“Middlemen” is a term that often has negative connotations. But Stephen McCarthy, a Chemonics value chain expert, said middlemen have a key role to play in the transformation of agricultural value chains in Uganda.
“In the development world, the term ‘middlemen’ comes with somewhat negative connotations. They have been called ‘coyotes,’ ‘hyenas,’ and ‘predatory rent-seekers,’” said Stephen McCarthy, a Chemonics value chain expert with 35 years of experience.
Mr. McCarthy was a director in Chemonics’ Agriculture and Food Security practice and the former chief of party on the Feed the Future Uganda Commodity Production and Marketing Activity, a Chemonics-implemented program that is taking a fresh approach to boosting the production and marketing of maize, coffee, and beans in Uganda.
Rather than finding ways to work around middlemen while assisting producers and end-buyers, as many donor-funded programs have done, the project is working with this oft-maligned group of value chain actors because they are confident they have a key role to play in the long-term growth of Uganda’s agricultural sector.
The middlemen of Uganda’s maize, coffee, and beans value chains include traders, processors, and village agents (i.e., business owners who aggregate producers’ crops and sell them to traders). In an environment where poor distribution networks frequently lead to market failures, Ugandan traders and village agents often enter value chains only to buy and sell farmers’ output, squeezing farmers’ margins to turn higher profits and mitigate market risk. This has earned traders and their village agents a nasty reputation among Uganda’s farmers and made international development organizations, which tend to be production-oriented, hesitant to work with them.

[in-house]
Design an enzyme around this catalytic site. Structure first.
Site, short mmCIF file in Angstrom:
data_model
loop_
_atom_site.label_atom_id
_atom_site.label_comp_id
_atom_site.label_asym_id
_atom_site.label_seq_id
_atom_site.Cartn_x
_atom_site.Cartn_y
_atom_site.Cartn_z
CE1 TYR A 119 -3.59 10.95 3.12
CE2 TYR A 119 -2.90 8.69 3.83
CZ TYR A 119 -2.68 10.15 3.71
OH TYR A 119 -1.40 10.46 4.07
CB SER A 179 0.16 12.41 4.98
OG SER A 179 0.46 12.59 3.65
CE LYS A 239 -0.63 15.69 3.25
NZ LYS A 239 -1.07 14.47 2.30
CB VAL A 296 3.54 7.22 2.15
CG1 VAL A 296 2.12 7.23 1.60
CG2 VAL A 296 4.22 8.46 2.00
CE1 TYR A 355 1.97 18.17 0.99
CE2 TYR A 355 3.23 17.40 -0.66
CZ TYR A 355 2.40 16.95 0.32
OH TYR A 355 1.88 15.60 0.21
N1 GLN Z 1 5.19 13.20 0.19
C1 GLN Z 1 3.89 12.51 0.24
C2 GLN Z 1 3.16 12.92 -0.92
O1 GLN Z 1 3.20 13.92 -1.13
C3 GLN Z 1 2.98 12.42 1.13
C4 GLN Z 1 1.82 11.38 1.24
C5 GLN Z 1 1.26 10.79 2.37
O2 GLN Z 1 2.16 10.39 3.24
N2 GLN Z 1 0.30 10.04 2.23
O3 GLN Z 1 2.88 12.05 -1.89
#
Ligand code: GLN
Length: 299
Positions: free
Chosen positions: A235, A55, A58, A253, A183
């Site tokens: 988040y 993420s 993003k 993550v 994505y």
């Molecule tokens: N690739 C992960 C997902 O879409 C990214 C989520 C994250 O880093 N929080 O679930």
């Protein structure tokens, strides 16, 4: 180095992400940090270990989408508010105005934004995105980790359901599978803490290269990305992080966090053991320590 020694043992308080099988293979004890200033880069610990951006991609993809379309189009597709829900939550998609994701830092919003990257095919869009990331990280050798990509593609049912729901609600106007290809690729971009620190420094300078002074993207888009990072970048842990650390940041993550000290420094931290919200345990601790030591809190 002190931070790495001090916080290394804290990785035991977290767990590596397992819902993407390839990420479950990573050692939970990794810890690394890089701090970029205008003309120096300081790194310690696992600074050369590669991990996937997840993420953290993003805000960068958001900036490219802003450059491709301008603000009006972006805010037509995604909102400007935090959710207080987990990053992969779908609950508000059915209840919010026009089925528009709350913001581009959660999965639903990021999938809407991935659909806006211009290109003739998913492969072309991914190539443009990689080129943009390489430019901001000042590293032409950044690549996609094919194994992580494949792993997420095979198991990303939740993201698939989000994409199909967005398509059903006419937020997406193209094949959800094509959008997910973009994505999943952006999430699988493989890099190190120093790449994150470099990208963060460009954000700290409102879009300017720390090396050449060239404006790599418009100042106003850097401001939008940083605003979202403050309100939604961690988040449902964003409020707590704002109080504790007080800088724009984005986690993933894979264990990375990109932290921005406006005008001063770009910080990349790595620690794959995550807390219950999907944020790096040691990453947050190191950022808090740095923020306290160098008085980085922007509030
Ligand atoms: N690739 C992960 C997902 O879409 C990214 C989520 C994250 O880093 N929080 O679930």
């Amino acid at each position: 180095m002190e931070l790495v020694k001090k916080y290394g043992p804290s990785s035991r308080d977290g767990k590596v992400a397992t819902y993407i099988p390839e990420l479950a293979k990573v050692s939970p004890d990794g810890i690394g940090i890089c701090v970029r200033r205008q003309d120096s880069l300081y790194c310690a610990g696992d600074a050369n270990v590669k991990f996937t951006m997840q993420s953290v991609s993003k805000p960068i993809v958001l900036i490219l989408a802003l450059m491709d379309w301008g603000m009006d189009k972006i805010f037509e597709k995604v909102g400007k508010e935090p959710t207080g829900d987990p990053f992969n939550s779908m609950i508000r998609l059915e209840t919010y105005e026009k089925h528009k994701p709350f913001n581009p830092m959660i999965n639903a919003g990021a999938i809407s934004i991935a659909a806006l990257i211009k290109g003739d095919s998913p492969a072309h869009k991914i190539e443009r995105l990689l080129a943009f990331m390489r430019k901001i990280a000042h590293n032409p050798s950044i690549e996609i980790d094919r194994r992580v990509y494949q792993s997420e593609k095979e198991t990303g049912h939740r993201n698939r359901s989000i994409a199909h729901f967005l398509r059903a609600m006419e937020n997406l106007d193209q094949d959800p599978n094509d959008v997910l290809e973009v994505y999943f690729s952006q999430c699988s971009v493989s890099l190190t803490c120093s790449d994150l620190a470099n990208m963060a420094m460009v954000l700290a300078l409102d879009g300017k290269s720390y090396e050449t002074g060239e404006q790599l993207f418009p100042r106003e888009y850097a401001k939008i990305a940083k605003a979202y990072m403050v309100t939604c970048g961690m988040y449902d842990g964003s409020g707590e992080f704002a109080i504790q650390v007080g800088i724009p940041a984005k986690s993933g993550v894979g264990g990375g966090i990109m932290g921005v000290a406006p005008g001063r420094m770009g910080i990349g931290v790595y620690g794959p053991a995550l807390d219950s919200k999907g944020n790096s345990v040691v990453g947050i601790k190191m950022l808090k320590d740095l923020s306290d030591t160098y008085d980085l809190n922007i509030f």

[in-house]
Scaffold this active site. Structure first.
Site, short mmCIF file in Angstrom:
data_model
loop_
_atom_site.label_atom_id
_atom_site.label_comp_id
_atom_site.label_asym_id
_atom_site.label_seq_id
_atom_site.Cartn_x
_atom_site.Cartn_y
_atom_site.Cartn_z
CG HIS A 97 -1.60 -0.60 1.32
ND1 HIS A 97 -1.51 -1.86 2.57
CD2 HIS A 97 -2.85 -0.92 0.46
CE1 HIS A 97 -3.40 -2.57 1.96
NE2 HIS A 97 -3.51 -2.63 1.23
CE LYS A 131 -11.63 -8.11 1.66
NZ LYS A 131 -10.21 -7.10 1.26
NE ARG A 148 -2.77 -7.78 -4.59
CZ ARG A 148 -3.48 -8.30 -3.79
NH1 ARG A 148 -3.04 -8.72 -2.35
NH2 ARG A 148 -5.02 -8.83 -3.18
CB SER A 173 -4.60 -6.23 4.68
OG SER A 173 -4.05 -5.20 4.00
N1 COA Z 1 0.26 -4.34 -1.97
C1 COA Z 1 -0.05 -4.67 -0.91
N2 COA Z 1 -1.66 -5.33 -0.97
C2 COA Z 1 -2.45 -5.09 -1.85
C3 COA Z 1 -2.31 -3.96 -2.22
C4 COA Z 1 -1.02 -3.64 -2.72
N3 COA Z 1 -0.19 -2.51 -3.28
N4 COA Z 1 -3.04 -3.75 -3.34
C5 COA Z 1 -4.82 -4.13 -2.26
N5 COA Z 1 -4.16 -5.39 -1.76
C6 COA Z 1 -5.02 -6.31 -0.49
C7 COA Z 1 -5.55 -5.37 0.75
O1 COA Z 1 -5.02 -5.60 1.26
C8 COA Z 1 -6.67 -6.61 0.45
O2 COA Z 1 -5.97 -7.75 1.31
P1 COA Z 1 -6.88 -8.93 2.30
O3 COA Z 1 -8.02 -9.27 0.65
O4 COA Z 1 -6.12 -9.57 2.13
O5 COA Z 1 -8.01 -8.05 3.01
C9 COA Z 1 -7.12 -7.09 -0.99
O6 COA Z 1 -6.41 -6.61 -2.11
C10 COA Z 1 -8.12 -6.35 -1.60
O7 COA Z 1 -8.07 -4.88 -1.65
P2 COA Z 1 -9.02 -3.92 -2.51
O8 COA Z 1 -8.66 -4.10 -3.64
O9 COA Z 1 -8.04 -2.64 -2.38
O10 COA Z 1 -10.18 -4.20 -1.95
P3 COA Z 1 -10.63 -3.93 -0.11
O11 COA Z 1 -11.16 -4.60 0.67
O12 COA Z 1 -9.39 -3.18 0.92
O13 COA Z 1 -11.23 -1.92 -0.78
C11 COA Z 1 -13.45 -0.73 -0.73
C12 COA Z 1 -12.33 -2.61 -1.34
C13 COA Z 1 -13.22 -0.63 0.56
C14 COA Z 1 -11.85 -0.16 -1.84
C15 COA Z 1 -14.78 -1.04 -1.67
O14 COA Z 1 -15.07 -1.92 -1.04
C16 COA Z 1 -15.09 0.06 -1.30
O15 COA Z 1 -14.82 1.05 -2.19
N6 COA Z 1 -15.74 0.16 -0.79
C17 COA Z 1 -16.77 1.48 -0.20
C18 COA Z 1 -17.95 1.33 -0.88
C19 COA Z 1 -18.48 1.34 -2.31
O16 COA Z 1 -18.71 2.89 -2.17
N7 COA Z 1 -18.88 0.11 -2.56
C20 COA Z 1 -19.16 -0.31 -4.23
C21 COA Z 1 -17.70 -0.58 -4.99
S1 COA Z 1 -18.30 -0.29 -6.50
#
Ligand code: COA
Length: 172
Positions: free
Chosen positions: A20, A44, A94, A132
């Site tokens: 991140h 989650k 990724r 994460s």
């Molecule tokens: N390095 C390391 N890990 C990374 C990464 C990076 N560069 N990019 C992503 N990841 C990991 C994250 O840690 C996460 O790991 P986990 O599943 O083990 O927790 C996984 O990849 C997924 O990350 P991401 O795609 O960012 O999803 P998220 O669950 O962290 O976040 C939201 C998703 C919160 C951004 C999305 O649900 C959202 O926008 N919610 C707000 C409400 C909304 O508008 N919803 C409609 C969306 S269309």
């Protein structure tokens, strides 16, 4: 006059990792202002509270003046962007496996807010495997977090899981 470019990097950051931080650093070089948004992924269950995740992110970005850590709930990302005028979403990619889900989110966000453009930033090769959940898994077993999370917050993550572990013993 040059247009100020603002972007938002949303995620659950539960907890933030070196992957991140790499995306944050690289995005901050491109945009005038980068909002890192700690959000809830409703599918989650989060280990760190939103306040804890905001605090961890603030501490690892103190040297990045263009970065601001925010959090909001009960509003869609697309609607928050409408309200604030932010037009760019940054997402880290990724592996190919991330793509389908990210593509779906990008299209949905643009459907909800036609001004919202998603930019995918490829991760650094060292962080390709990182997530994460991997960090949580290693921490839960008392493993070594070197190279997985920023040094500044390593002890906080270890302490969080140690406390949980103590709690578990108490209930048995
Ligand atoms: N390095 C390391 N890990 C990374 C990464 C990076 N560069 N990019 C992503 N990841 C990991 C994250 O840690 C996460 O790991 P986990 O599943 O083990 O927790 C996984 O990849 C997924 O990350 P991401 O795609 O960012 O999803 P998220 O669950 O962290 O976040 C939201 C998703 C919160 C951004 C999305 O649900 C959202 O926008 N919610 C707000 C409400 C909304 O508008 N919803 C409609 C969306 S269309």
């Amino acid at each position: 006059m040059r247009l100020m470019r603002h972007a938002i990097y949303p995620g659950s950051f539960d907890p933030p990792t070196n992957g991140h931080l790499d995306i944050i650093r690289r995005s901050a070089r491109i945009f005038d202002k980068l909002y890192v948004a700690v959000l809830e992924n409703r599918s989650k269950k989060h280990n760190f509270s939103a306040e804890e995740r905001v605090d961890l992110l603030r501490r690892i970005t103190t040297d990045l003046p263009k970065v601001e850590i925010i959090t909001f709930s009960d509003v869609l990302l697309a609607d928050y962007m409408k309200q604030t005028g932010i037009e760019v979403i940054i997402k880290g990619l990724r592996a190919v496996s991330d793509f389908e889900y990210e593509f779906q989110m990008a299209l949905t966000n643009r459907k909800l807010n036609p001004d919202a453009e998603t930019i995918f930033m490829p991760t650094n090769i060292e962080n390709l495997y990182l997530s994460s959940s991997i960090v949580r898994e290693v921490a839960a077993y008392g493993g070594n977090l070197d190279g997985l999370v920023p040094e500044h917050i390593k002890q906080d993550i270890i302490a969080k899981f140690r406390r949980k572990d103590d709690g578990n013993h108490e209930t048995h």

“Dismissing middlemen outright and thinking that farmers can be directly linked to buyers without some sort of middle, value-added function is generally ill-informed and leads to further market distortions, poor business practices, and decreasing competitiveness. Middle actors in value chains need to be brought in with incentives to drive better business practices based on effective competition and cooperation,” McCarthy said.
Using a facilitative value chain approach, the project is working to lay the foundation for greater collaboration among farmers, village agents, and traders. Because greater collaboration will require genuine changes in attitudes and behaviors, in the activity’s first year, the team focused on building relationships among value chain actors and managing middlemen’s reputation, with some early successes that bode well for the activity.